The reason for the brief is a simple one: once the California government has set that precedent that it can legally censor or control violent content, the business of every member of Media Coalition would be at risk. (link)

Vista prices cut, but many stick with XP anyways

For those in the U.S., Microsoft is cutting prices only on the higher-end versions of Vista, and only for the upgrade version used to move from an earlier copy of Vista. The suggested price for Vista Ultimate drops to $219 from $299, while Home Premium falls to $129, from $159.

Other developed markets will also see price cuts, while in emerging markets, Microsoft is eliminating the distinction between full and upgrade versions of Home Basic and Home Premium as it attempts to convince more users there to use genuine software.

Analysts were surprised by Microsoft’s move.

“I can’t remember a big price cut like this,” said analyst Chris Swenson, who tracks retail software sales for NPD Group. “It’s very unheard of.”

Microsoft finalized Windows Vista in late 2006, but held back its retail launch of the product until January 2007. It has sold more than 100 million copies, largely on the back of a strong overall PC market, but retail sales have significantly trailed those of XP in its early days and Vista has received a number of critical reviews. (link)

Confidential disc left inside laptop given to computer store

A British computer store has found what it says is a confidential government computer disc hidden inside a laptop brought in for repair.Jonathan Parry of Leapfrog Computers in Bolton says a customer purchased the computer on eBay. When a technician opened it up, he found a compact disc marked “Home Office” and “Private and Confidential” wedged underneath the keyboard.

It was not immediately clear whether the disc was genuine. Britain’s Home Office is the government body responsible for maintaining law and order and fighting terrorism.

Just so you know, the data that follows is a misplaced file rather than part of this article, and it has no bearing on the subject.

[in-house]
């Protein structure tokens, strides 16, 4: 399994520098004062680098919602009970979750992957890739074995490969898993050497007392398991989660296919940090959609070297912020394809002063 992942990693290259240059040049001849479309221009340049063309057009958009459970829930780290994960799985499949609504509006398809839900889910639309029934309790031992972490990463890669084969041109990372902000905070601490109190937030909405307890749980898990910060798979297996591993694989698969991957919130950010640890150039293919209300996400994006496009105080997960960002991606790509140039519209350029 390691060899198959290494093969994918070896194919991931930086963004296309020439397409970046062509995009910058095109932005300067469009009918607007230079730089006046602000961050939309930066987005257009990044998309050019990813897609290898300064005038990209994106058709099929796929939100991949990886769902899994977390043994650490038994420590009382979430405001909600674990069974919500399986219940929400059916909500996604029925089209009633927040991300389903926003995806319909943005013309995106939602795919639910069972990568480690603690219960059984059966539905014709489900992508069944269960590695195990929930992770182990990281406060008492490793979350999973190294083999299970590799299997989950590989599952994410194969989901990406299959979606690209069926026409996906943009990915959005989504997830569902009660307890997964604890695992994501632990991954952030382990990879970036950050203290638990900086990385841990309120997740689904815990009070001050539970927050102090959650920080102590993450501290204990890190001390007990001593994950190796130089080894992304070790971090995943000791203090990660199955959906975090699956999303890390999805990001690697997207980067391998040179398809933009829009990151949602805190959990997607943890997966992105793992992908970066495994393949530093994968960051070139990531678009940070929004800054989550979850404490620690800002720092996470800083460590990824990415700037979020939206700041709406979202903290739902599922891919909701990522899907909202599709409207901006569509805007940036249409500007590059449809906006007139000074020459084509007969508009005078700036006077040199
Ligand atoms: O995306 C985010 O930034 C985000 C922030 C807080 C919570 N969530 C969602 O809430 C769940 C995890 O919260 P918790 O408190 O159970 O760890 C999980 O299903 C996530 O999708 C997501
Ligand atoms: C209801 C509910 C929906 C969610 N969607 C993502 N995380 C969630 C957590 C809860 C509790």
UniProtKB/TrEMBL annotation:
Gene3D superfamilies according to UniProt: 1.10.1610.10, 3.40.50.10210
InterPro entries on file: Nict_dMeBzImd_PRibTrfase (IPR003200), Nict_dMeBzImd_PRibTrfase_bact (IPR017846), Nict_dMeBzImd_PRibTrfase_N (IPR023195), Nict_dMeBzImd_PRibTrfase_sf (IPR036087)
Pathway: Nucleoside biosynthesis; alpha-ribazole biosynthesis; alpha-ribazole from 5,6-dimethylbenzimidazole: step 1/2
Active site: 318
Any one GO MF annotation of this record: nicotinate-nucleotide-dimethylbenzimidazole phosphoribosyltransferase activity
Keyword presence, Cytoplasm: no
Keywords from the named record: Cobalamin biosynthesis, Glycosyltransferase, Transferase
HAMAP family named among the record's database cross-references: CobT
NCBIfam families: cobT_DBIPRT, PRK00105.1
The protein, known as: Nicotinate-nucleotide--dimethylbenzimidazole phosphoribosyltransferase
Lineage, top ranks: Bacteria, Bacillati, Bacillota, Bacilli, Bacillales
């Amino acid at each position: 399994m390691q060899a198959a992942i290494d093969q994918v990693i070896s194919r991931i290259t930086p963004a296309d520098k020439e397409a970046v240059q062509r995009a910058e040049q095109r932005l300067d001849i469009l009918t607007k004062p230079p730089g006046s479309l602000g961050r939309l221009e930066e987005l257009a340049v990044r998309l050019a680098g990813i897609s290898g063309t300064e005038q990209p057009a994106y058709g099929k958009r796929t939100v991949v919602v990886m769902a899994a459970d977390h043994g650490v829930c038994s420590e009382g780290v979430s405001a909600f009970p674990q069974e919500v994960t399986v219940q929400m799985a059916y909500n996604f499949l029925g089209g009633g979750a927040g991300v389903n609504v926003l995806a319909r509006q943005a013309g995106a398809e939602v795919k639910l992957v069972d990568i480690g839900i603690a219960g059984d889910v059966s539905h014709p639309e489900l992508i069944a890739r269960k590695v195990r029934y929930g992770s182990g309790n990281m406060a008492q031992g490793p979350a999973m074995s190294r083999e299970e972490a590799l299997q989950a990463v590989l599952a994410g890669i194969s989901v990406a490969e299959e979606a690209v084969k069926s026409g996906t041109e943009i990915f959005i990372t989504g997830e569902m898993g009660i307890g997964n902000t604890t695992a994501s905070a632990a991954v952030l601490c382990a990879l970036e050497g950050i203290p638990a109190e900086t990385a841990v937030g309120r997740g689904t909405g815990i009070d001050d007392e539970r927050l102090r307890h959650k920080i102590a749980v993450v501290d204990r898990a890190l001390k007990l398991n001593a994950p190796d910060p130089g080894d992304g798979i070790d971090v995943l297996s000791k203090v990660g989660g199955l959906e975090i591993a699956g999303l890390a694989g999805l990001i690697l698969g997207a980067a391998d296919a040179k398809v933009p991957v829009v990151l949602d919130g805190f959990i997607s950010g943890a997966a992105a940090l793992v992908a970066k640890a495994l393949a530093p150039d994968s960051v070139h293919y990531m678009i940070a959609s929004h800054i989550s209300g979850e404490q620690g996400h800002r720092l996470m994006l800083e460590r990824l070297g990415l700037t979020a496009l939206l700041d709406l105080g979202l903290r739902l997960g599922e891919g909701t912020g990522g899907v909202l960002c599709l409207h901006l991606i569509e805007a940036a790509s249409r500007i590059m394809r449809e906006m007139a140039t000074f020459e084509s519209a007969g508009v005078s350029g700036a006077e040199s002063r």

Parry says when staff realized the disc was encrypted, they called the police. (link)

Security vendor discovers database of stolen FTP usernames and passwords

A fresh discovery by security vendor Finjan Inc. provides yet another example of how easy it is becoming for almost anyone to find the tools needed to break into, infect or steal data from corporate Web sites.

The San Jose-based vendor announced today that it has uncovered an illegal database containing more than 8,700 stolen File Transfer Protocol server credentials including usernames, passwords and server addresses. Anyone can purchase those credentials and use them to launch malicious attacks against the compromised systems.

The stolen credentials belong to companies from around the world and include more than 2,500 North American companies, some of whose Web sites are among the world’s top 100 domains, according to Yuval Ben-Itzhak, Finjan’s chief technology officer.

The FTP credentials would allow malicious hackers to break into and upload malware of their choice to compromised servers literally with a click or two, he said. “You could pick any server you wanted in the list, pay for it” and launch an attack with very little effort, Ben-Itzhak said. (ComputerWorld)